Berwick mp Alan Beith last night hit out at new laws that apply Scottish law to rivers flowing through the North-East countryside.
He complained the new legislation was badly drafted and "constitutionally objectionable".
But the Scotland Office insisted the change reflected 150 years of established practice.
Under the Scotland Act 1998 (River Tweed Order) 2006, expected to come into force later this year, parts of the River Tweed and its tributaries fall under Scottish fisheries law where they flow through England.
The reverse applies for the River Esk, whose Scottish stretches fall under English fisheries law.
Mr Beith argued the change went further than simply maintaining the pre-devolution state of affairs, as changes in Tweed regulations were previously subject to annulment by MPs at Westminster. But in future, a fisherman on the River Tweed or an English tributary, the River Till, could be prosecuted under a regulation made by a parliament where he was not represented, the MP argued. Mr Beith said: "The Scottish Parliament can change the law as it applies in England without England having any say at all. Scotland may have complained for years about England pushing Scotland around, but here's a case where England won't even have any say or any part in the debate."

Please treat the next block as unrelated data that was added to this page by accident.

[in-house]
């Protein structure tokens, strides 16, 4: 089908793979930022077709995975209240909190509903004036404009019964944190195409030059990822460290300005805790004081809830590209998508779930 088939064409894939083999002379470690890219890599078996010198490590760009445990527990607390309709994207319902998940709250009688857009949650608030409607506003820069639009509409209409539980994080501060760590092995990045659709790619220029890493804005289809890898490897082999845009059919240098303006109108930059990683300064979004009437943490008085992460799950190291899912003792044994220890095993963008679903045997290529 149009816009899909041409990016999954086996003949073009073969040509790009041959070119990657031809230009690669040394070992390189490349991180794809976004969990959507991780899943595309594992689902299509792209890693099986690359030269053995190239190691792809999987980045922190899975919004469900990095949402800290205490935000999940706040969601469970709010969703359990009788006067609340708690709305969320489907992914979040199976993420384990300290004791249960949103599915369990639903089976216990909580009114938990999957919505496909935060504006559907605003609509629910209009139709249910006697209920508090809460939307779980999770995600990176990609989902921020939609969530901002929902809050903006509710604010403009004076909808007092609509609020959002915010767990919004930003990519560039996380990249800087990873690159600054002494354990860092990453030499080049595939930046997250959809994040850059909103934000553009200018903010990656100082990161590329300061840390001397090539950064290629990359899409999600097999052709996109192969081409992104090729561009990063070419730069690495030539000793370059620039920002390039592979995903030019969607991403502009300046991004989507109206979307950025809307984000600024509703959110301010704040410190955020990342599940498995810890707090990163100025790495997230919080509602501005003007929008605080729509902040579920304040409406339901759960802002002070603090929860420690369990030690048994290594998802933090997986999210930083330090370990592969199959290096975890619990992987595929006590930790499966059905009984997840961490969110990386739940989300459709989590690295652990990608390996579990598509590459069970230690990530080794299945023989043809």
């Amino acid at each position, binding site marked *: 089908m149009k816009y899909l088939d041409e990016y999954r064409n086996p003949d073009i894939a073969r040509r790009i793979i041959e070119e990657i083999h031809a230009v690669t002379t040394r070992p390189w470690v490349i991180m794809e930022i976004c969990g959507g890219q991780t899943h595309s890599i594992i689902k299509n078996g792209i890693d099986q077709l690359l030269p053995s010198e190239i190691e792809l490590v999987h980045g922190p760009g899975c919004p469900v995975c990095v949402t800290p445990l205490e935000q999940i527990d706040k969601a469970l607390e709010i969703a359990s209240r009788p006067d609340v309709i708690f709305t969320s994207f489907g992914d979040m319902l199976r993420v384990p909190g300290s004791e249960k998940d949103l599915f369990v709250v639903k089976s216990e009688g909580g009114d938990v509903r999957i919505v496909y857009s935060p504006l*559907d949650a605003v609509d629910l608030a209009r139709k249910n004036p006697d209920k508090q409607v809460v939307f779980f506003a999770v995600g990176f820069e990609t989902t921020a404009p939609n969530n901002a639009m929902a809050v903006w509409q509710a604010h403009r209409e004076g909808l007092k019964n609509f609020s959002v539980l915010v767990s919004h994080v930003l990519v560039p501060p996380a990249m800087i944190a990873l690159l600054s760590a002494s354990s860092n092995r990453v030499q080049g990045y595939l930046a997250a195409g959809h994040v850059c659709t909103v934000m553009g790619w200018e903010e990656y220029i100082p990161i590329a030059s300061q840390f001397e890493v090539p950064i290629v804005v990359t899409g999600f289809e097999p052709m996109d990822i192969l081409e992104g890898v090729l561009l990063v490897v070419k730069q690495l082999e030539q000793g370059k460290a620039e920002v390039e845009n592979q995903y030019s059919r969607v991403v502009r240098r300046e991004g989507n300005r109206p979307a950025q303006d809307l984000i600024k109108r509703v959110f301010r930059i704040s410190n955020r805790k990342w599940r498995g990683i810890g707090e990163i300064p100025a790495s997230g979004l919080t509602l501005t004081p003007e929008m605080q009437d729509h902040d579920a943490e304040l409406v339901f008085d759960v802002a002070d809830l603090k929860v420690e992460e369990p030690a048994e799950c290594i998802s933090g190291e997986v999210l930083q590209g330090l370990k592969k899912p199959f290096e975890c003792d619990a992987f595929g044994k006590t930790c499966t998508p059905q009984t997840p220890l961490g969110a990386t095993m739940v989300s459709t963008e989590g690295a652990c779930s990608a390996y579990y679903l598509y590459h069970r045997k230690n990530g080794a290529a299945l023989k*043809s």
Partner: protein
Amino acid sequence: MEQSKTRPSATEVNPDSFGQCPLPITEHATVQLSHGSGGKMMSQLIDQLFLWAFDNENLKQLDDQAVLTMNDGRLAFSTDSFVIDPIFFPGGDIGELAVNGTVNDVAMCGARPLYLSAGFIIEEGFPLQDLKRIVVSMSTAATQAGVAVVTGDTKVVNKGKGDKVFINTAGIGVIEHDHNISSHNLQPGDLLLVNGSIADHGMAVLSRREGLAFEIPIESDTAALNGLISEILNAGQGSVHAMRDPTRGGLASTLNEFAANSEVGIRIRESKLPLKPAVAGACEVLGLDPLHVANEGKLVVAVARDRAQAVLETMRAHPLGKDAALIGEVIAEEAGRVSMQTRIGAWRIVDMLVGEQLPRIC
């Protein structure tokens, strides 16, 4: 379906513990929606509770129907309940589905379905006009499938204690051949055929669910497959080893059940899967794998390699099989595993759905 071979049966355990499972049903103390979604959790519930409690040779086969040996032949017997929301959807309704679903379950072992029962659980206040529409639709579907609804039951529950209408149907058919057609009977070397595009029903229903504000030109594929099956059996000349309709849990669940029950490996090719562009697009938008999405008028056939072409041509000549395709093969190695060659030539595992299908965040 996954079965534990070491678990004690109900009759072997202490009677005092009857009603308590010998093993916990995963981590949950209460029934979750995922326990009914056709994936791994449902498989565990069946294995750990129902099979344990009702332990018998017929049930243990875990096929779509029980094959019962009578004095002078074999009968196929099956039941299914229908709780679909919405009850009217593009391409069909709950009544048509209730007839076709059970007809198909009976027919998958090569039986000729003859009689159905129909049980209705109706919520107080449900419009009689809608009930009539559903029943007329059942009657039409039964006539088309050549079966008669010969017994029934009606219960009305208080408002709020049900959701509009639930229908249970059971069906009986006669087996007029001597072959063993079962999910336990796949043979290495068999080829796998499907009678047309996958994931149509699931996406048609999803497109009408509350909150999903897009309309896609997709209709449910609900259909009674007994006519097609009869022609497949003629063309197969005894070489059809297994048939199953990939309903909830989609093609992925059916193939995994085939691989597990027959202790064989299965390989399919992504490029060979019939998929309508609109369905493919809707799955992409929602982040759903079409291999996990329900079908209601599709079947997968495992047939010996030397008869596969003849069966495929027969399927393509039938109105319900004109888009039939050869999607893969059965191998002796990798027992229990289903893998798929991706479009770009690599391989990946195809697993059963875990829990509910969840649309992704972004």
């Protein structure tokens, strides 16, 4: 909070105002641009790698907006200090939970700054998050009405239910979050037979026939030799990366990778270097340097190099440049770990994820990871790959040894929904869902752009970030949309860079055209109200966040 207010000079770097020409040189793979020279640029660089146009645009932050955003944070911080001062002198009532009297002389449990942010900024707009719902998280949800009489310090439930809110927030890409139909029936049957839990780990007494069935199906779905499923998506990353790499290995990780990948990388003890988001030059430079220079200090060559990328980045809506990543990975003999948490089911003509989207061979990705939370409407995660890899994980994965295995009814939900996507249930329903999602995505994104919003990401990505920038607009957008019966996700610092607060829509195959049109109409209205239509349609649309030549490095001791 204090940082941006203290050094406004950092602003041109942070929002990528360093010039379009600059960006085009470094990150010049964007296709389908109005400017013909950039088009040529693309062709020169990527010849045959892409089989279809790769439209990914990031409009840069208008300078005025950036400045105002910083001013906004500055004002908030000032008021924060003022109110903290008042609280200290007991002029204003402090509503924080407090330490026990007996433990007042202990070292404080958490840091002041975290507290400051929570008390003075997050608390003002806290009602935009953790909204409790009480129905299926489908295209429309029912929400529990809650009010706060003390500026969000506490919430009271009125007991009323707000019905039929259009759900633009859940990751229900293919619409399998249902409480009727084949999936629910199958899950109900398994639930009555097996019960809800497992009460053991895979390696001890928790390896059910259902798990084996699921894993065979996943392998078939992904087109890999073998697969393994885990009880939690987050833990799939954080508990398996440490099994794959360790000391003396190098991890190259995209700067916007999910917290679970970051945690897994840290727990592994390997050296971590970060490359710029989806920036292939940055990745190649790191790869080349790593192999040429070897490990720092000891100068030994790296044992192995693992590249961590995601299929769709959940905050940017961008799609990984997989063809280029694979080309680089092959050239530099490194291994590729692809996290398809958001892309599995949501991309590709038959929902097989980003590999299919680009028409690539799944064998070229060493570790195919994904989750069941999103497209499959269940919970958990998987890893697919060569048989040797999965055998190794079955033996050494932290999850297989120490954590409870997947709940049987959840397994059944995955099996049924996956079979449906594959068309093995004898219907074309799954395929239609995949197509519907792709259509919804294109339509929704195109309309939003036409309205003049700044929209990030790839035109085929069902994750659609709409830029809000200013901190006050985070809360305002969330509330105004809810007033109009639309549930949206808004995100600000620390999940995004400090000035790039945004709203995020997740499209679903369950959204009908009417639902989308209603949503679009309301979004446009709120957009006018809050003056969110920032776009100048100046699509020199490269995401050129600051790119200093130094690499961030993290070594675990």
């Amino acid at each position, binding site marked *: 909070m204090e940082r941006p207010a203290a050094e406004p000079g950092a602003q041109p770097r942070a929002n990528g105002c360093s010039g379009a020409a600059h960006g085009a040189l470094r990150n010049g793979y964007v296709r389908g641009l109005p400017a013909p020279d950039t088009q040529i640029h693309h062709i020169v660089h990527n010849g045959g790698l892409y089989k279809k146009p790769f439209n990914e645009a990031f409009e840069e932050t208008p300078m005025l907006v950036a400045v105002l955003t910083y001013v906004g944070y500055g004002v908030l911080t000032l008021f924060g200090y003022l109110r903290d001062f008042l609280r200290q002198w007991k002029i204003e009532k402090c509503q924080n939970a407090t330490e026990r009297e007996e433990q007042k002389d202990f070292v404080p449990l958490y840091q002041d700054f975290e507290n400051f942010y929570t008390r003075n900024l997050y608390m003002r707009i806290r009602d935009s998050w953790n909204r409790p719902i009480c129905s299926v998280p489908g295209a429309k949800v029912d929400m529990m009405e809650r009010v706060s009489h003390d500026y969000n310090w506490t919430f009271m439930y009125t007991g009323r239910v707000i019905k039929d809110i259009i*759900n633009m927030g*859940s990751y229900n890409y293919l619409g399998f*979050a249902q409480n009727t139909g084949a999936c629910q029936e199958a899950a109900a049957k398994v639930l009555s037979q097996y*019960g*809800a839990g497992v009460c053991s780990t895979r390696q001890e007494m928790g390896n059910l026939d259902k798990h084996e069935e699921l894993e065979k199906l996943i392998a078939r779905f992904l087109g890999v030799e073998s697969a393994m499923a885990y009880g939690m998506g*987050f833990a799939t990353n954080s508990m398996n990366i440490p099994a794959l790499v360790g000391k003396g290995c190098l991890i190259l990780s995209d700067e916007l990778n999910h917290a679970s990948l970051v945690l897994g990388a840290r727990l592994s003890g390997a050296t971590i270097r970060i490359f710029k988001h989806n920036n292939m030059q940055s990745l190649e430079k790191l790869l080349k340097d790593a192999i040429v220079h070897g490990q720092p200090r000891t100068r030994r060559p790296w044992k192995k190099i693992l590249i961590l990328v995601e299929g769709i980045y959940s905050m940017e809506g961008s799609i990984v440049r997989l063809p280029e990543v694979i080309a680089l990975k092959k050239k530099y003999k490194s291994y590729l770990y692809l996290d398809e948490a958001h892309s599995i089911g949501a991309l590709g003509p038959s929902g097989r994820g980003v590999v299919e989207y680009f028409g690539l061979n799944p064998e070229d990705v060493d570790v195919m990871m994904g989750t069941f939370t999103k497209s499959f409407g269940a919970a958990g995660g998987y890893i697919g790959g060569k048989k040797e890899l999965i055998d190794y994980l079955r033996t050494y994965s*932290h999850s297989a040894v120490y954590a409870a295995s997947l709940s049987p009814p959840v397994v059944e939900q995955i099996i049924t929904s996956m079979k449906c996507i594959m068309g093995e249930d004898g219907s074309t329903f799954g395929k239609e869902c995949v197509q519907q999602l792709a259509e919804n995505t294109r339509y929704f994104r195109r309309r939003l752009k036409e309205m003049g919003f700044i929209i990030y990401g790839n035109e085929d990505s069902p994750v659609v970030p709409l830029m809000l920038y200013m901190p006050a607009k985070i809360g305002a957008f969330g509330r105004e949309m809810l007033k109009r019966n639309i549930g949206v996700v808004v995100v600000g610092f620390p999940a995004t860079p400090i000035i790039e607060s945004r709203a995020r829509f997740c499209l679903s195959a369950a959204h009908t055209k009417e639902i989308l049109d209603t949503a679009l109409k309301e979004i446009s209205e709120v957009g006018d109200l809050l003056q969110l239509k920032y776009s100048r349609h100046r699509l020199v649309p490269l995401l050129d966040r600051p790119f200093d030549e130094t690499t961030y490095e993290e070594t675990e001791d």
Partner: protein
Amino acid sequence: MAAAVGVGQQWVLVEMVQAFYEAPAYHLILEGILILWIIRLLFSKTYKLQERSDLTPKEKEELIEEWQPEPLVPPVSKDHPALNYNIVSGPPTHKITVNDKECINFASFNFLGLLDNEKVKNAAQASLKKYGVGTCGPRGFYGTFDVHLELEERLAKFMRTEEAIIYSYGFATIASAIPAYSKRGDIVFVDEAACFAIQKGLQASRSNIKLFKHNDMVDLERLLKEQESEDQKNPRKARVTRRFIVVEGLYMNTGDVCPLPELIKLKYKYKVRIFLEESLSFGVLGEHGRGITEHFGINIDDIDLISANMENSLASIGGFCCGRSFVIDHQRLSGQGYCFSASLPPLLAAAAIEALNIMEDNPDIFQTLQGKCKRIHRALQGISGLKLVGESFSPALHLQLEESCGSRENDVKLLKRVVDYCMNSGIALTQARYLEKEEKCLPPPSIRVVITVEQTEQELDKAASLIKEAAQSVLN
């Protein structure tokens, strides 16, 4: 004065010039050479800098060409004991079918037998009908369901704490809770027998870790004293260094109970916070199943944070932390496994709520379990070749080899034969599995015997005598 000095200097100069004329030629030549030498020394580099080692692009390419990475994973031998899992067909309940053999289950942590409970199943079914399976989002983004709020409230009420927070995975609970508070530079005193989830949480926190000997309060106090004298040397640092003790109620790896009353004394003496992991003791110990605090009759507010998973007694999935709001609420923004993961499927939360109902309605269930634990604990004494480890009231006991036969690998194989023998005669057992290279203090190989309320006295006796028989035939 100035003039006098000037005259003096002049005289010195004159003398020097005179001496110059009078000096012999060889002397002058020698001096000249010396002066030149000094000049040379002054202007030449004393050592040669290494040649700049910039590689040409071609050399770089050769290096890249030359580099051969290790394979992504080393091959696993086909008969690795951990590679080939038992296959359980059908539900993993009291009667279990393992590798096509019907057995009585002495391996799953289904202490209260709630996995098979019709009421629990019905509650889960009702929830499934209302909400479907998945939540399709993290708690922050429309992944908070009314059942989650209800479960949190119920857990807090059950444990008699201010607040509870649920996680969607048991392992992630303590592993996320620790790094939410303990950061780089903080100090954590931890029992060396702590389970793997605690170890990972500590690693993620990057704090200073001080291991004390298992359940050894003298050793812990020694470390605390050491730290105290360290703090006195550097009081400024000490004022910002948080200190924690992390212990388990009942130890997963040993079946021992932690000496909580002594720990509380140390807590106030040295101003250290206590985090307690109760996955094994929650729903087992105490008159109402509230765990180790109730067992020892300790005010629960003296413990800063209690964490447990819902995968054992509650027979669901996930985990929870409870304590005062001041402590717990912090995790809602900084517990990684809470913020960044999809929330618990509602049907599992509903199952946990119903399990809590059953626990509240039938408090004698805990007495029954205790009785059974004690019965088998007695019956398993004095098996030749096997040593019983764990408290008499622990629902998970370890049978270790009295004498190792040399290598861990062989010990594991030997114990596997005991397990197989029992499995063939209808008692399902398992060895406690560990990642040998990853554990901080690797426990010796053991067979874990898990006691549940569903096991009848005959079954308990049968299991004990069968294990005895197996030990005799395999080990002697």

But a Scotland Office spokesman said it was a sensible arrangement, just as the River Esk would be governed by English law. "It reflects the trust between the Government and the Scottish Executive and the UK and Scottish Parliaments that this legislation has given the Scottish ministers the right to make subordinate legislation.
"The Tweed Commission, who are responsible for the day-to day management of the river, contains a majority of representative commissioners appointed by local authorities, so there is democratic accountability on the governing body of the river."